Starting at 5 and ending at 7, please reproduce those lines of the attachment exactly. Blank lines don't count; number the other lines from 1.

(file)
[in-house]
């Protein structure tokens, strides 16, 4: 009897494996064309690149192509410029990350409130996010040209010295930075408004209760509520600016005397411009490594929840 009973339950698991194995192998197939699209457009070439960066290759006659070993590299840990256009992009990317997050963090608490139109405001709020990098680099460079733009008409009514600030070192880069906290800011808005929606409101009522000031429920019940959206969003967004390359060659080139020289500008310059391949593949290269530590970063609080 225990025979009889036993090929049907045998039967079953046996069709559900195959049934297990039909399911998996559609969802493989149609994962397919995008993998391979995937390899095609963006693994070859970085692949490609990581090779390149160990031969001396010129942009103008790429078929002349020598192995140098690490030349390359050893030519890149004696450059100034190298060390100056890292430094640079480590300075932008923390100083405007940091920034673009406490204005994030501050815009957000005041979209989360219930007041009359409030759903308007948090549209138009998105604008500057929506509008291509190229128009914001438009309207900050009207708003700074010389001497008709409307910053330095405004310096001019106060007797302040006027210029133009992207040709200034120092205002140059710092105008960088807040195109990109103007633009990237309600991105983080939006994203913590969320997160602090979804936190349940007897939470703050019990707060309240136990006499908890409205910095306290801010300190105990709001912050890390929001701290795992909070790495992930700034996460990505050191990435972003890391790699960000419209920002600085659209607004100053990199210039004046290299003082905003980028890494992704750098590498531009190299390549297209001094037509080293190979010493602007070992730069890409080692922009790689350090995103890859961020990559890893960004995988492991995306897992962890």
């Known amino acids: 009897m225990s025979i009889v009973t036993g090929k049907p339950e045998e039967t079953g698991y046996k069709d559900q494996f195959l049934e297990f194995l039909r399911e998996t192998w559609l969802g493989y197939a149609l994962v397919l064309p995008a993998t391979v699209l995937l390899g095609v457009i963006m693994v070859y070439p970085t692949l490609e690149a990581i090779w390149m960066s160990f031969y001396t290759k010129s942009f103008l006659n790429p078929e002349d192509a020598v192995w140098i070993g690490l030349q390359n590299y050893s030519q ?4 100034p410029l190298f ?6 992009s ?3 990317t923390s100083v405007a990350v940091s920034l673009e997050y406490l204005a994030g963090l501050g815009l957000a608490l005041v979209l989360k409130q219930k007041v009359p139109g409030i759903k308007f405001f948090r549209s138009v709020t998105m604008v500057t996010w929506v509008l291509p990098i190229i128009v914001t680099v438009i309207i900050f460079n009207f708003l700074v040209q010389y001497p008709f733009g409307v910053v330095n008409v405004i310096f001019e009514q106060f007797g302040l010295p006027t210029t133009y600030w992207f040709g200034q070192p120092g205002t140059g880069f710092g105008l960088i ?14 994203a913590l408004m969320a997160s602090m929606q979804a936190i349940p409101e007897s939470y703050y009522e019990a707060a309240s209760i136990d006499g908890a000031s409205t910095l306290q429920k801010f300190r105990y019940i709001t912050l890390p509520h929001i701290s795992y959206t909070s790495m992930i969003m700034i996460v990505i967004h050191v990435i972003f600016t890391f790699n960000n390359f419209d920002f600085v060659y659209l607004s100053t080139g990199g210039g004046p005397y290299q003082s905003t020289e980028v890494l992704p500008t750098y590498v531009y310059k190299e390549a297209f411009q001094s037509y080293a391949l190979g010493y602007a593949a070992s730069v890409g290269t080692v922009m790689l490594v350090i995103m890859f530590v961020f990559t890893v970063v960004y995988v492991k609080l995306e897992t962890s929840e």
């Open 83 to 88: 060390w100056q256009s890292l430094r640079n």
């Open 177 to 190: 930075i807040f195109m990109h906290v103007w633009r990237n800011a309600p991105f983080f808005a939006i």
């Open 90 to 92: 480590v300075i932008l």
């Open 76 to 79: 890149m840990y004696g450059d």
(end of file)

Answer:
């Open 177 to 190: 930075i807040f195109m990109h906290v103007w633009r990237n800011a309600p991105f983080f808005a939006i």
């Open 90 to 92: 480590v300075i932008l």
């Open 76 to 79: 890149m840990y004696g450059d």